Back in the ’00s, a man from Omaha named Alex Martin decided he didn’t like where his life was headed. He was living in a punk party house, working for minimum wage at a pizza place, and was in a six year relationship that he felt wasn’t going anywhere. So he did what anyone would do; gave away almost all of his possessions and hitchhiked across America. Initially, his goal was to go to San Francisco. He gave himself a month to do it. It took eight days. The whole thing went so well that he decided to just start hitchhiking wherever people were going. He did that for the next three-and-a-half years.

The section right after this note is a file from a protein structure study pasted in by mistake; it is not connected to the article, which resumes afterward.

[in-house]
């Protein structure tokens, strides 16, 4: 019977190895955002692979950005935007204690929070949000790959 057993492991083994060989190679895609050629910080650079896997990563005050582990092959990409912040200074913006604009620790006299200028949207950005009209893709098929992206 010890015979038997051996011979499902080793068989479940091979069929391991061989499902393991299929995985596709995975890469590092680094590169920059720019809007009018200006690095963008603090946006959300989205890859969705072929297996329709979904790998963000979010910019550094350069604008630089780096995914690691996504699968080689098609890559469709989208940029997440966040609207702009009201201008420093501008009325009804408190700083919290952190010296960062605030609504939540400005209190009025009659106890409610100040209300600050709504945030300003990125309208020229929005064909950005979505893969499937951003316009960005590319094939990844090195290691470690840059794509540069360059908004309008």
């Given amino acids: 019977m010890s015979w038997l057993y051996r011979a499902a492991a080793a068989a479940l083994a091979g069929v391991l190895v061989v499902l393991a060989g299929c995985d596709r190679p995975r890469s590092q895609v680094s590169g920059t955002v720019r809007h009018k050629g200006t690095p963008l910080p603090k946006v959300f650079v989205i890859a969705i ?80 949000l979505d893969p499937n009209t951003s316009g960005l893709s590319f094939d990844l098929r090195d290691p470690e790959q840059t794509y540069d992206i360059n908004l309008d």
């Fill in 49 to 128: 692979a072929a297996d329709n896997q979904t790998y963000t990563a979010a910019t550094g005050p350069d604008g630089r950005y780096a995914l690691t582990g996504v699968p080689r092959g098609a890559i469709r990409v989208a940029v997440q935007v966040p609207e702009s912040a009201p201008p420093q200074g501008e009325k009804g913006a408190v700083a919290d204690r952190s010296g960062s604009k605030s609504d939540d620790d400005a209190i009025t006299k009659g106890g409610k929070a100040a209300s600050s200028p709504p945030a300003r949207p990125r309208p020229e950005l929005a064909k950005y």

Over the course of his travels, he hit 100 cities, 49 states, and a couple Canadian provinces. He also changed a lot of lives. Nearly everyone who picked him up—a group that ranged from ultra-religious Christians to crust punks—told him they wished they could do what he was doing. But, as he says, that would be impossible because “then there’d be no one to give rides.” Martin’s father said that his son’s voyage “reinvigorated [his] faith in people,” when strangers sent him letters saying his son was okay and a great person.
After three-and-a-half years, Martin was out of money and in desperate need of a root canal. So he stopped hitchhiking and joined the Navy. And then things got even weirder.
It’s all captured in Alex The Magnificent, the amazing short documentary below.